This summer, I've been researching mushrooms! I'm specifically interested in the ways in which mycelium (the thin threads that grow into networks which eventually grow fruiting bodies, i.e. mushrooms) releases enzymes. Those enzymes allow them to break down surrounding material so that the mycelium can absorb nutrients from its environment. I'm curious if specific mushroom species can be bred to release stronger enzymes that can potentially break down plastics (Styrofoam, PET, etc.) and other substrates such as old newspapers, shredded papers, cardboard, and coffee beans.
So far, I have learned how to grow mushrooms, the various health and ecosystem benefits of mushrooms, as well as how the concept of circular economy is applied through aquaponics and vermicomposting (composting with worms!). Conversing with small business owners during our Saturday Farmer's Markets has also taught me the importance of supporting local businesses --- personally, I'd rather spend my money knowing it's going towards a family rather than the pockets of million-dollar corporations.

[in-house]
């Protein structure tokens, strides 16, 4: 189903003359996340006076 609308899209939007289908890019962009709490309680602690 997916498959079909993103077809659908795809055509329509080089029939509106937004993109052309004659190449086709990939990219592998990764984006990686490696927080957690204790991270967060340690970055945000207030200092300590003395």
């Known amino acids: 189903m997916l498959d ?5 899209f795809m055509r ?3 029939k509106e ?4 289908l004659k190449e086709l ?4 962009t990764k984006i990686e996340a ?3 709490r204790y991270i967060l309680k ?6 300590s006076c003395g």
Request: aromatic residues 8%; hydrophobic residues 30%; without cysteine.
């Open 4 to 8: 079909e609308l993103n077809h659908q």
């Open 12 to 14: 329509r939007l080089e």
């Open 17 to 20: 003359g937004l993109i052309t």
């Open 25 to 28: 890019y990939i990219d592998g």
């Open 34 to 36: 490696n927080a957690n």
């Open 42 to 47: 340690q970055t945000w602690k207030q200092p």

A note from her supervisor: "Alejandra is always ready and willing to jump in, specifically on any science-related task. She is never afraid to ask questions because she wants to be as knowledgeable on each topic as she can. Although she is technically an "education" intern, I am confident she could succeed in any program at Plant Chicago!" - Rock Evans, Education Manager
To learn more about Alejandra and our other summer 2021 interns, click here!